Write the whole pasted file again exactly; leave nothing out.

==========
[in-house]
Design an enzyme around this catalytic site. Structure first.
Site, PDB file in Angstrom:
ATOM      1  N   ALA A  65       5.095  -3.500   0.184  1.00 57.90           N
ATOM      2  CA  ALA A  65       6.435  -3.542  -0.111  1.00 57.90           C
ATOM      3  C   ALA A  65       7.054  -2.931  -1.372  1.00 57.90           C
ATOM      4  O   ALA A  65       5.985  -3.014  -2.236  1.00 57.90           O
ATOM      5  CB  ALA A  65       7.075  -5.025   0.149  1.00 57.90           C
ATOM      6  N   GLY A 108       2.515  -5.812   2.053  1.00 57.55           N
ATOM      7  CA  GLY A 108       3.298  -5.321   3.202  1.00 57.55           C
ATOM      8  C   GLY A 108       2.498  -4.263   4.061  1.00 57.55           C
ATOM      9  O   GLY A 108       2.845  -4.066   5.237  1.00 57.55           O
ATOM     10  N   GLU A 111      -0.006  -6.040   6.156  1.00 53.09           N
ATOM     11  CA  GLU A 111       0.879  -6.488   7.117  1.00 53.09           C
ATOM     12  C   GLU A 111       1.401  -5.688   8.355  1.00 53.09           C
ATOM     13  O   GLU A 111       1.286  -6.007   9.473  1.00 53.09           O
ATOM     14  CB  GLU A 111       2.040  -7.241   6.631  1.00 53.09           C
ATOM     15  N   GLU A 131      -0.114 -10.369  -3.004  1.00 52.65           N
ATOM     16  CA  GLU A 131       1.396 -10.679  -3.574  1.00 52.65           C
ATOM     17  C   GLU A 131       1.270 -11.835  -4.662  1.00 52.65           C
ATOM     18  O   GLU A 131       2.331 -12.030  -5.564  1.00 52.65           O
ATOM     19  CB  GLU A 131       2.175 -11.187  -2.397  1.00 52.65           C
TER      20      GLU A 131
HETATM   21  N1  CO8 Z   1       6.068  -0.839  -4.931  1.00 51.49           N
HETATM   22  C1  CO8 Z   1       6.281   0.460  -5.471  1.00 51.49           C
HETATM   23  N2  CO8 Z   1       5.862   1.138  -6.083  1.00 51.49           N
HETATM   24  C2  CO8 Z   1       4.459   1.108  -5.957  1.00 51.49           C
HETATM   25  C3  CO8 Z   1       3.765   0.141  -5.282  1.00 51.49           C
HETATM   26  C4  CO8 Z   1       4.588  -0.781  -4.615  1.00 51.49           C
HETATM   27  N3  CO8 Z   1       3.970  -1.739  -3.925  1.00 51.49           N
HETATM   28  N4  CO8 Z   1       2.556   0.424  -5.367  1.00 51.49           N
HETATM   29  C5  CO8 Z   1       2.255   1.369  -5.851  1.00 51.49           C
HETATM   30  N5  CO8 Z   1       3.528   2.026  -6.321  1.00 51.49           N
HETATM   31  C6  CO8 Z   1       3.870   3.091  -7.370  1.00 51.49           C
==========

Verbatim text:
[in-house]
Design an enzyme around this catalytic site. Structure first.
Site, PDB file in Angstrom:
ATOM      1  N   ALA A  65       5.095  -3.500   0.184  1.00 57.90           N
ATOM      2  CA  ALA A  65       6.435  -3.542  -0.111  1.00 57.90           C
ATOM      3  C   ALA A  65       7.054  -2.931  -1.372  1.00 57.90           C
ATOM      4  O   ALA A  65       5.985  -3.014  -2.236  1.00 57.90           O
ATOM      5  CB  ALA A  65       7.075  -5.025   0.149  1.00 57.90           C
ATOM      6  N   GLY A 108       2.515  -5.812   2.053  1.00 57.55           N
ATOM      7  CA  GLY A 108       3.298  -5.321   3.202  1.00 57.55           C
ATOM      8  C   GLY A 108       2.498  -4.263   4.061  1.00 57.55           C
ATOM      9  O   GLY A 108       2.845  -4.066   5.237  1.00 57.55           O
ATOM     10  N   GLU A 111      -0.006  -6.040   6.156  1.00 53.09           N
ATOM     11  CA  GLU A 111       0.879  -6.488   7.117  1.00 53.09           C
ATOM     12  C   GLU A 111       1.401  -5.688   8.355  1.00 53.09           C
ATOM     13  O   GLU A 111       1.286  -6.007   9.473  1.00 53.09           O
ATOM     14  CB  GLU A 111       2.040  -7.241   6.631  1.00 53.09           C
ATOM     15  N   GLU A 131      -0.114 -10.369  -3.004  1.00 52.65           N
ATOM     16  CA  GLU A 131       1.396 -10.679  -3.574  1.00 52.65           C
ATOM     17  C   GLU A 131       1.270 -11.835  -4.662  1.00 52.65           C
ATOM     18  O   GLU A 131       2.331 -12.030  -5.564  1.00 52.65           O
ATOM     19  CB  GLU A 131       2.175 -11.187  -2.397  1.00 52.65           C
TER      20      GLU A 131
HETATM   21  N1  CO8 Z   1       6.068  -0.839  -4.931  1.00 51.49           N
HETATM   22  C1  CO8 Z   1       6.281   0.460  -5.471  1.00 51.49           C
HETATM   23  N2  CO8 Z   1       5.862   1.138  -6.083  1.00 51.49           N
HETATM   24  C2  CO8 Z   1       4.459   1.108  -5.957  1.00 51.49           C
HETATM   25  C3  CO8 Z   1       3.765   0.141  -5.282  1.00 51.49           C
HETATM   26  C4  CO8 Z   1       4.588  -0.781  -4.615  1.00 51.49           C
HETATM   27  N3  CO8 Z   1       3.970  -1.739  -3.925  1.00 51.49           N
HETATM   28  N4  CO8 Z   1       2.556   0.424  -5.367  1.00 51.49           N
HETATM   29  C5  CO8 Z   1       2.255   1.369  -5.851  1.00 51.49           C
HETATM   30  N5  CO8 Z   1       3.528   2.026  -6.321  1.00 51.49           N
HETATM   31  C6  CO8 Z   1       3.870   3.091  -7.370  1.00 51.49           C